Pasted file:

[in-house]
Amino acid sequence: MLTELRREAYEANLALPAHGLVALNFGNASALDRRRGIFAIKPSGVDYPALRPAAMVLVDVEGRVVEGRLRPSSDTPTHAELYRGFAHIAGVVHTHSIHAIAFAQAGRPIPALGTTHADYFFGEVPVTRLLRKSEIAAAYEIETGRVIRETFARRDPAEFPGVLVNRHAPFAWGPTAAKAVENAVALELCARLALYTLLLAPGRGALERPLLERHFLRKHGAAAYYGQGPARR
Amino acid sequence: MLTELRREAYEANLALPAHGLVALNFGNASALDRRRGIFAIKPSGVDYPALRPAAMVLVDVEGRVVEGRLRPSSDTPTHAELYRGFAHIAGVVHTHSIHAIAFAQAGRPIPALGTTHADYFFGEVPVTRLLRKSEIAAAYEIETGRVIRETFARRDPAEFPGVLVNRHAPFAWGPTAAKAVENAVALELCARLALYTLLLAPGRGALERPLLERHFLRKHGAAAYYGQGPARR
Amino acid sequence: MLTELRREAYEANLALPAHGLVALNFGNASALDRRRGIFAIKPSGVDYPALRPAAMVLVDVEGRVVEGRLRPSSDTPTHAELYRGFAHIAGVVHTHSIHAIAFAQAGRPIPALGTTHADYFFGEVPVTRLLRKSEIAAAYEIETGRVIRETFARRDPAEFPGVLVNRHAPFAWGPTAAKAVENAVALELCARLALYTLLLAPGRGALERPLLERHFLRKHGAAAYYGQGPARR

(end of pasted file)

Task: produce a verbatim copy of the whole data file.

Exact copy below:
[in-house]
Amino acid sequence: MLTELRREAYEANLALPAHGLVALNFGNASALDRRRGIFAIKPSGVDYPALRPAAMVLVDVEGRVVEGRLRPSSDTPTHAELYRGFAHIAGVVHTHSIHAIAFAQAGRPIPALGTTHADYFFGEVPVTRLLRKSEIAAAYEIETGRVIRETFARRDPAEFPGVLVNRHAPFAWGPTAAKAVENAVALELCARLALYTLLLAPGRGALERPLLERHFLRKHGAAAYYGQGPARR
Amino acid sequence: MLTELRREAYEANLALPAHGLVALNFGNASALDRRRGIFAIKPSGVDYPALRPAAMVLVDVEGRVVEGRLRPSSDTPTHAELYRGFAHIAGVVHTHSIHAIAFAQAGRPIPALGTTHADYFFGEVPVTRLLRKSEIAAAYEIETGRVIRETFARRDPAEFPGVLVNRHAPFAWGPTAAKAVENAVALELCARLALYTLLLAPGRGALERPLLERHFLRKHGAAAYYGQGPARR
Amino acid sequence: MLTELRREAYEANLALPAHGLVALNFGNASALDRRRGIFAIKPSGVDYPALRPAAMVLVDVEGRVVEGRLRPSSDTPTHAELYRGFAHIAGVVHTHSIHAIAFAQAGRPIPALGTTHADYFFGEVPVTRLLRKSEIAAAYEIETGRVIRETFARRDPAEFPGVLVNRHAPFAWGPTAAKAVENAVALELCARLALYTLLLAPGRGALERPLLERHFLRKHGAAAYYGQGPARR